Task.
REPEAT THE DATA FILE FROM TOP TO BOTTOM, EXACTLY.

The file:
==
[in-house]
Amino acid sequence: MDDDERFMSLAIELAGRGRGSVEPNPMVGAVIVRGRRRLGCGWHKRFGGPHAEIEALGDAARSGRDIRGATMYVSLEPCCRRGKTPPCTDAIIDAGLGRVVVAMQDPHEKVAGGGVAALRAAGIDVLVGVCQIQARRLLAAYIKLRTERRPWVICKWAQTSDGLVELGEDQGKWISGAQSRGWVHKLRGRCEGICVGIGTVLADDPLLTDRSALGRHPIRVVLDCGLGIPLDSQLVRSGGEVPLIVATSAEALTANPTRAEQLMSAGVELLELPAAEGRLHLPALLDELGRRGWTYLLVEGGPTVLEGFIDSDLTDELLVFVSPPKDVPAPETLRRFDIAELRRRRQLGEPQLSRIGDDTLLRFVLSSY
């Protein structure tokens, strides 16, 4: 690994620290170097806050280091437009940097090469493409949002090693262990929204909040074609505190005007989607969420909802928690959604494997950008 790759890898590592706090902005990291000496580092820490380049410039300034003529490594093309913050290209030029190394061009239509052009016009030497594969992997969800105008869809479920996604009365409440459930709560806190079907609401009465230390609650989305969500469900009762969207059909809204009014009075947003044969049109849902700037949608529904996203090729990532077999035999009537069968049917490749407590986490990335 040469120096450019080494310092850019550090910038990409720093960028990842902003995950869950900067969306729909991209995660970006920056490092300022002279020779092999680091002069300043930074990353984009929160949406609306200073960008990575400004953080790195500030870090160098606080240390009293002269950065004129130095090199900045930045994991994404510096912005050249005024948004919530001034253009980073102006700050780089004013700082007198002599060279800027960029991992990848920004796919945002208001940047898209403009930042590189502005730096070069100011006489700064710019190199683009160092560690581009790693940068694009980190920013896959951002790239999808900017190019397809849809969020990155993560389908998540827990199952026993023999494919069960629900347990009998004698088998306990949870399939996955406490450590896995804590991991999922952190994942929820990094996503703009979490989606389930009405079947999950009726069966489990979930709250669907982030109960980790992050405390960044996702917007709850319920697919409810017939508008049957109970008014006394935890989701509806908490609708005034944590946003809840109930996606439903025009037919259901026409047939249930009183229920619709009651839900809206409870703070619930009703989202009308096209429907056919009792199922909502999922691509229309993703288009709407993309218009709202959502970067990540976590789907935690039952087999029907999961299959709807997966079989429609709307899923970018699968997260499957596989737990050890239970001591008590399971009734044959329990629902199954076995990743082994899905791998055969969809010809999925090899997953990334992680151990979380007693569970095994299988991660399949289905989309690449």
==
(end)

[in-house]
Amino acid sequence: MDDDERFMSLAIELAGRGRGSVEPNPMVGAVIVRGRRRLGCGWHKRFGGPHAEIEALGDAARSGRDIRGATMYVSLEPCCRRGKTPPCTDAIIDAGLGRVVVAMQDPHEKVAGGGVAALRAAGIDVLVGVCQIQARRLLAAYIKLRTERRPWVICKWAQTSDGLVELGEDQGKWISGAQSRGWVHKLRGRCEGICVGIGTVLADDPLLTDRSALGRHPIRVVLDCGLGIPLDSQLVRSGGEVPLIVATSAEALTANPTRAEQLMSAGVELLELPAAEGRLHLPALLDELGRRGWTYLLVEGGPTVLEGFIDSDLTDELLVFVSPPKDVPAPETLRRFDIAELRRRRQLGEPQLSRIGDDTLLRFVLSSY
């Protein structure tokens, strides 16, 4: 690994620290170097806050280091437009940097090469493409949002090693262990929204909040074609505190005007989607969420909802928690959604494997950008 790759890898590592706090902005990291000496580092820490380049410039300034003529490594093309913050290209030029190394061009239509052009016009030497594969992997969800105008869809479920996604009365409440459930709560806190079907609401009465230390609650989305969500469900009762969207059909809204009014009075947003044969049109849902700037949608529904996203090729990532077999035999009537069968049917490749407590986490990335 040469120096450019080494310092850019550090910038990409720093960028990842902003995950869950900067969306729909991209995660970006920056490092300022002279020779092999680091002069300043930074990353984009929160949406609306200073960008990575400004953080790195500030870090160098606080240390009293002269950065004129130095090199900045930045994991994404510096912005050249005024948004919530001034253009980073102006700050780089004013700082007198002599060279800027960029991992990848920004796919945002208001940047898209403009930042590189502005730096070069100011006489700064710019190199683009160092560690581009790693940068694009980190920013896959951002790239999808900017190019397809849809969020990155993560389908998540827990199952026993023999494919069960629900347990009998004698088998306990949870399939996955406490450590896995804590991991999922952190994942929820990094996503703009979490989606389930009405079947999950009726069966489990979930709250669907982030109960980790992050405390960044996702917007709850319920697919409810017939508008049957109970008014006394935890989701509806908490609708005034944590946003809840109930996606439903025009037919259901026409047939249930009183229920619709009651839900809206409870703070619930009703989202009308096209429907056919009792199922909502999922691509229309993703288009709407993309218009709202959502970067990540976590789907935690039952087999029907999961299959709807997966079989429609709307899923970018699968997260499957596989737990050890239970001591008590399971009734044959329990629902199954076995990743082994899905791998055969969809010809999925090899997953990334992680151990979380007693569970095994299988991660399949289905989309690449």